So don’t hold your breath for any decision letters to be issued. 
In relation to current consultation processes, the guidance says:

“If a consultation is on-going at the time this guidance comes into effect, it should continue as normal. However, departments should not take any steps during an election period that will compete with parliamentary candidates for the public’s attention. This effectively means a ban on publicity for those consultations that are still in process. 


As these restrictions may be detrimental to a consultation, departments are advised to decide on steps to make up for that deficiency while strictly observing the guidance. That can be done, for example, by: 


– prolonging the consultation period; and


– putting out extra publicity for the consultation after the election in order to revive interest (following consultation with any new Minister).

Some consultations, for instance those aimed solely at professional groups, and that carry no publicity will not have the impact of those where a very public and wide-ranging consultation is required. Departments need, therefore, to take into account the circumstances of each consultation.”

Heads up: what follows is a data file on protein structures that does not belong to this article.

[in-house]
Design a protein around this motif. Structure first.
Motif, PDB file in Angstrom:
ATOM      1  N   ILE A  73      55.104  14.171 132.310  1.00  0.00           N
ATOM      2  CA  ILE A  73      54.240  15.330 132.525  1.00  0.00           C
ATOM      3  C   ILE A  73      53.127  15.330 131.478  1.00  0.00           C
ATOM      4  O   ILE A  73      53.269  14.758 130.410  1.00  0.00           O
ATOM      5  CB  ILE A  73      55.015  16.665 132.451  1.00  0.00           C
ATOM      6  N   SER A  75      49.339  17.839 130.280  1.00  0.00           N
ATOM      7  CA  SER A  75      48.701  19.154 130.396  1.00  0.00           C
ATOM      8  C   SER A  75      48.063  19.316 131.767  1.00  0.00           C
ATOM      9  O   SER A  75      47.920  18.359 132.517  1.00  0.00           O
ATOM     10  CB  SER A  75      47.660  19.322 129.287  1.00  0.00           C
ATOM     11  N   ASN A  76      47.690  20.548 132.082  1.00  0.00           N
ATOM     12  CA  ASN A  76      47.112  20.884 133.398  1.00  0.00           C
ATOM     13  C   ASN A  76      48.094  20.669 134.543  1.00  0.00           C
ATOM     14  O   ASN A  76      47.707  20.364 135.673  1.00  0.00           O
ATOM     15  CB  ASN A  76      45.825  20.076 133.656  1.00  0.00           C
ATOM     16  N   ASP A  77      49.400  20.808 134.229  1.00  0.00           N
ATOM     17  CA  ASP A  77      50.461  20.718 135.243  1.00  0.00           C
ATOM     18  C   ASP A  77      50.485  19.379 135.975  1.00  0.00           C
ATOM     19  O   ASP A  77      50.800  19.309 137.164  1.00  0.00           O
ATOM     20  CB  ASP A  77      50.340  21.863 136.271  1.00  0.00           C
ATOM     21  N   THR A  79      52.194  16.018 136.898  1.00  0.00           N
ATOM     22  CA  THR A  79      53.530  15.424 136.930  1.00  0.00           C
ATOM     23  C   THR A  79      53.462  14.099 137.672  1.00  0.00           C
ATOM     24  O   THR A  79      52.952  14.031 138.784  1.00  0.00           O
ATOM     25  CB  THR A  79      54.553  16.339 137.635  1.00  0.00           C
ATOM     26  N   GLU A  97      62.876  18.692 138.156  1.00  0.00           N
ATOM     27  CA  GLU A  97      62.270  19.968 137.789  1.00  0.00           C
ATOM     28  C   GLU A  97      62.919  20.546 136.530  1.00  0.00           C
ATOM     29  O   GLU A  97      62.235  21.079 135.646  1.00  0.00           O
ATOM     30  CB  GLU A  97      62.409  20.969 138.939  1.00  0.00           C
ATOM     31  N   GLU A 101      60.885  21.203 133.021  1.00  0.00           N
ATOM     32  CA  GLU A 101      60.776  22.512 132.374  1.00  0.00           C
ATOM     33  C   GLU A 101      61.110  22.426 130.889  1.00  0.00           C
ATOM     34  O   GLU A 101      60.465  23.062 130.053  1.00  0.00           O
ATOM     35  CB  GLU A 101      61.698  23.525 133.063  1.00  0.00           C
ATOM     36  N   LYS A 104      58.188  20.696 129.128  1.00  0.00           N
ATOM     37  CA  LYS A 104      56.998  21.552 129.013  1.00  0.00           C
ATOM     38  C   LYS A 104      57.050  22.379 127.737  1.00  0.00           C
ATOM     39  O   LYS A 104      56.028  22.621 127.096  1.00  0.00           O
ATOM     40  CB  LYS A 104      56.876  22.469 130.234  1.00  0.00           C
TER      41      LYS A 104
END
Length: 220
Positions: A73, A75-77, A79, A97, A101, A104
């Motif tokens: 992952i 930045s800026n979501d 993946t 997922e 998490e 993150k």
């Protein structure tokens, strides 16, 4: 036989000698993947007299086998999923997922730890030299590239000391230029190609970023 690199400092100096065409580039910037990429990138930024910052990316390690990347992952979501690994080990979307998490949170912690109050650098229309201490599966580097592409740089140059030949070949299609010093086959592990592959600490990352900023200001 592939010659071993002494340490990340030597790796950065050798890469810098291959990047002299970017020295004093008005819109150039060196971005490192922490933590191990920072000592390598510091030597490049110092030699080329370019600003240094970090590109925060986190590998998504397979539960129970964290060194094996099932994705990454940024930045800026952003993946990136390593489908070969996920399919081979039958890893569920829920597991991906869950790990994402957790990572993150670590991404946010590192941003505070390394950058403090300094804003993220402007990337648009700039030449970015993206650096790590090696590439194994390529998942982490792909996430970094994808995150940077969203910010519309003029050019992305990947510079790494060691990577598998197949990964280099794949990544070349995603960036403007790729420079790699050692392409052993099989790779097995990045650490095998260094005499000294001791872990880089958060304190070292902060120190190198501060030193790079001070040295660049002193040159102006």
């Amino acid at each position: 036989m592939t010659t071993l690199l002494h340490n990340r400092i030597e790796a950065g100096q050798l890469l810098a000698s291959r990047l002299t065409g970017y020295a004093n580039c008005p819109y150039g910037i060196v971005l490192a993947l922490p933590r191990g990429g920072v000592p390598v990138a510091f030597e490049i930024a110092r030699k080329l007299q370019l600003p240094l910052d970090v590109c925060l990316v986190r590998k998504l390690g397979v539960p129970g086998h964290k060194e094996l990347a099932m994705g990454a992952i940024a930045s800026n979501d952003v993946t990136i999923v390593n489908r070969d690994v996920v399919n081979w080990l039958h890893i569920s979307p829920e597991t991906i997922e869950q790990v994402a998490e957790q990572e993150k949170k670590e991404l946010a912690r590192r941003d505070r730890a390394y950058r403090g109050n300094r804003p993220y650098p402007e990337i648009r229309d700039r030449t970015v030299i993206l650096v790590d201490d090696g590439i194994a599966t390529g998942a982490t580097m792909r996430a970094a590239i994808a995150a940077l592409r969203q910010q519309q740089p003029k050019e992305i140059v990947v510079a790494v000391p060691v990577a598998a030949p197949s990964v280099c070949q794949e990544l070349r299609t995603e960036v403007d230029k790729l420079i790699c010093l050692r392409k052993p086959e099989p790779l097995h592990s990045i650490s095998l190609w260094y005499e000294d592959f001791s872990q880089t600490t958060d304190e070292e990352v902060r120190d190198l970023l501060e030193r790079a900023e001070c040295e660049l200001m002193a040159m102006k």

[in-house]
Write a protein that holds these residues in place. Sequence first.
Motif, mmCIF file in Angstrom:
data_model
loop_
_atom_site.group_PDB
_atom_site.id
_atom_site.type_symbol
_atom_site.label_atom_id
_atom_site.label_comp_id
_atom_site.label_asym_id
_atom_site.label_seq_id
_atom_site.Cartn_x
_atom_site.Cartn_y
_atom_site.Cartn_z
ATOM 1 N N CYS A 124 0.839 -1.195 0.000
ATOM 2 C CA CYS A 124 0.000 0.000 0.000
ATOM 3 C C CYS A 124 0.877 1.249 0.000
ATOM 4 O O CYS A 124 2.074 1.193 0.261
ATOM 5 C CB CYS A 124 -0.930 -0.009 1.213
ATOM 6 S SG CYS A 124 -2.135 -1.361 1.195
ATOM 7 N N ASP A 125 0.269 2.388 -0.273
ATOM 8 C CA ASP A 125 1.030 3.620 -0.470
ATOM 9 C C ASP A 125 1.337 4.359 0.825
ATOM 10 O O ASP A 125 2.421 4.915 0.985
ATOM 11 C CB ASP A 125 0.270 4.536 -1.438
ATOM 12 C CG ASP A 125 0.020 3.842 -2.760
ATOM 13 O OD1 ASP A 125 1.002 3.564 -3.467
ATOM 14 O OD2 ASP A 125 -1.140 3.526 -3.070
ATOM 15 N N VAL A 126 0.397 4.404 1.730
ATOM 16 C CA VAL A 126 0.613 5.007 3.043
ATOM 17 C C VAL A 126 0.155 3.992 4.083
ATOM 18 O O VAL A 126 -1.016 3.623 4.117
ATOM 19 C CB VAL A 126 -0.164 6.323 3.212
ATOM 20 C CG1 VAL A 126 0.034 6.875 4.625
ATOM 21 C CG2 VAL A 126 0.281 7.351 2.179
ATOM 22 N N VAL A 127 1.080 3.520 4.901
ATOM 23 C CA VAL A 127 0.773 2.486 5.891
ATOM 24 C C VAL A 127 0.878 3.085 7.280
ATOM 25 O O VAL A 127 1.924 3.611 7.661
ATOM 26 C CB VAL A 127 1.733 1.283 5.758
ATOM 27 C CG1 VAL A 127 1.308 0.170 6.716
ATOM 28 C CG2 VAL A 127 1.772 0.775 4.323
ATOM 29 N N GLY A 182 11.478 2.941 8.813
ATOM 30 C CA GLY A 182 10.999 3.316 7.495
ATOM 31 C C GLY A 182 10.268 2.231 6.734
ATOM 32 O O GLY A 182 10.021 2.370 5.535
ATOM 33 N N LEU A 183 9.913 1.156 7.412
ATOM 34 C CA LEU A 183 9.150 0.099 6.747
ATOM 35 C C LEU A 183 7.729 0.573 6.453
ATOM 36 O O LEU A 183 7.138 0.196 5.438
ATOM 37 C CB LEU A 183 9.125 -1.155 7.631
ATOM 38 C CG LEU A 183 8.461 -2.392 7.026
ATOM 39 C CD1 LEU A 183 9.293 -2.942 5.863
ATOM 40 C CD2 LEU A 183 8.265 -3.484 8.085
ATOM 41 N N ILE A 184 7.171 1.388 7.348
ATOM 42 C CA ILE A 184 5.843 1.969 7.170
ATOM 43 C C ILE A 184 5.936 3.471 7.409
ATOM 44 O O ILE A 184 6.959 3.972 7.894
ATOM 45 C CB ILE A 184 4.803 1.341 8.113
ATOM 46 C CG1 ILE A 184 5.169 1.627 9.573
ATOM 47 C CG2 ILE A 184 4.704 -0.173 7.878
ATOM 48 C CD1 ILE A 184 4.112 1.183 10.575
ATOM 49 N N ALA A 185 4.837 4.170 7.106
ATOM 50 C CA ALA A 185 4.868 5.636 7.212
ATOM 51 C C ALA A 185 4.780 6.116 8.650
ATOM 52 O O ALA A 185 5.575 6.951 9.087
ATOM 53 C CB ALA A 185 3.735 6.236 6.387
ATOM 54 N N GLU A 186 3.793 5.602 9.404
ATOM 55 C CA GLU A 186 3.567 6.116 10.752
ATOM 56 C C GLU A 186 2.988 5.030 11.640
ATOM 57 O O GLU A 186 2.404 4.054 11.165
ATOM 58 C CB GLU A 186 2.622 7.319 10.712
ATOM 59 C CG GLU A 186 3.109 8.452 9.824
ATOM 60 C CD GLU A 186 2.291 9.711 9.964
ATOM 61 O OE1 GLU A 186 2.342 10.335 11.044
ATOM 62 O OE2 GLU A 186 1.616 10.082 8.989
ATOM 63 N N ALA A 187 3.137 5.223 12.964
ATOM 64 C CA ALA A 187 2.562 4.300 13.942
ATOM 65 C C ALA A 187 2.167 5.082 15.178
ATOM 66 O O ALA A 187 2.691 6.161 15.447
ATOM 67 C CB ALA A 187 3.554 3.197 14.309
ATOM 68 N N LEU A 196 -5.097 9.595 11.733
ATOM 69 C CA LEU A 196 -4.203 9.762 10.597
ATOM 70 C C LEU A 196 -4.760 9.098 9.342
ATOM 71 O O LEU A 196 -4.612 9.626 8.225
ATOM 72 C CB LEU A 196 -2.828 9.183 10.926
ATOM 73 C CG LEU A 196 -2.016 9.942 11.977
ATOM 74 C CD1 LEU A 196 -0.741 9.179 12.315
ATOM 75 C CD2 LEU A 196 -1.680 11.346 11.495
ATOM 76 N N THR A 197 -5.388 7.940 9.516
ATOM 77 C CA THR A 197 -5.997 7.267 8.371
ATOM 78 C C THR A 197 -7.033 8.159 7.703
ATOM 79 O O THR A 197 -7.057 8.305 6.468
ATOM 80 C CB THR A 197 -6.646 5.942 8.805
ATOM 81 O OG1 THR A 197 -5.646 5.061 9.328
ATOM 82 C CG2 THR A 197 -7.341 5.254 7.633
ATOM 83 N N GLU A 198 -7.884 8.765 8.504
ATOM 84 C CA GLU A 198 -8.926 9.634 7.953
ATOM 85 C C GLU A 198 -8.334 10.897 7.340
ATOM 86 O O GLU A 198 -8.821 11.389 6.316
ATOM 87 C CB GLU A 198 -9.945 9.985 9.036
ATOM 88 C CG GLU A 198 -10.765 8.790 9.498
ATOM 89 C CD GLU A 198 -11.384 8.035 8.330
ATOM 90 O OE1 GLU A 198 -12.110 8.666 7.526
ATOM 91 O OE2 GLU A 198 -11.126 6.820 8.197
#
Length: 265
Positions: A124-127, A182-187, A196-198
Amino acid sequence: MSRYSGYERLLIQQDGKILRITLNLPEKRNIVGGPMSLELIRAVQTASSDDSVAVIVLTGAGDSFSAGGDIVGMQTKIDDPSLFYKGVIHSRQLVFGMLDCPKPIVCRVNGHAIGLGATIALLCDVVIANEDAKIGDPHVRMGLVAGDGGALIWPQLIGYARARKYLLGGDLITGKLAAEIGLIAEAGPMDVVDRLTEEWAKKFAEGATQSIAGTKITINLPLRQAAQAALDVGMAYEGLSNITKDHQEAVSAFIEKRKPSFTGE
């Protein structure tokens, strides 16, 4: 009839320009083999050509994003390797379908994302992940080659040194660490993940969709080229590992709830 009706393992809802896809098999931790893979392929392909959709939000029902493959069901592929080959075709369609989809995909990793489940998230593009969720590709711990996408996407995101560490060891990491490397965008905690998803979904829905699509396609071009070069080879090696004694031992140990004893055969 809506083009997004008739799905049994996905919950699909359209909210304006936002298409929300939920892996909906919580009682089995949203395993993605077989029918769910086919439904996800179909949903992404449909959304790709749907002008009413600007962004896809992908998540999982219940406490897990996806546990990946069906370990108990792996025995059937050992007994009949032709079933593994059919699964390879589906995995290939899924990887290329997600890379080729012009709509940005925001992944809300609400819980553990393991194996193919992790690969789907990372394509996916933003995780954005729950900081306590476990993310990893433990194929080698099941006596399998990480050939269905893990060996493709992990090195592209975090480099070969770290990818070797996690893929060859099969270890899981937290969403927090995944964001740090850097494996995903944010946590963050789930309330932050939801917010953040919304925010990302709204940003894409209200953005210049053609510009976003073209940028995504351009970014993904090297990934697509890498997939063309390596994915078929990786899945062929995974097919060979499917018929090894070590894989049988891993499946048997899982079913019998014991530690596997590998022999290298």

There are currently six DCLG consultation processes which are still open:

* Review of park homes legislation: call for evidence

* Running free: consultation on preserving the free use of public parks

* Banning letting agent fees paid by tenants

* 100% business rates retention: further consultation on the design of the reformed system

* Fixing our broken housing market: consultation

* Planning and affordable housing for Build to Rent

the last two of course being particularly important for us in the housing and planning sector. 

The Department for Transport is currently consulting on its draft Airports National Policy Statement in relation to the expansion of Heathrow and on reforming policy on the design and use of UK airspace.

Surely these consultation processes will all now be extended. Can any of them be said to be “aimed solely at professional groups”?
The Government faces an interesting dilemma in relation to its awaited consultation draft air quality plan. Garnham J had ordered on 21 November 2016 that the draft be published by 24 April 2017 following previous deadline breaches summarised in my 4.11.16 blog post. The announcement of the election and consequent purdah period does not automatically extend that deadline. Will we see a draft by the deadline or will ClientEarth be back before the court?
Notwithstanding purdah, Parliament will continue to sit until 2 May 2017. The outstanding Bills are:
• Bus Services Bill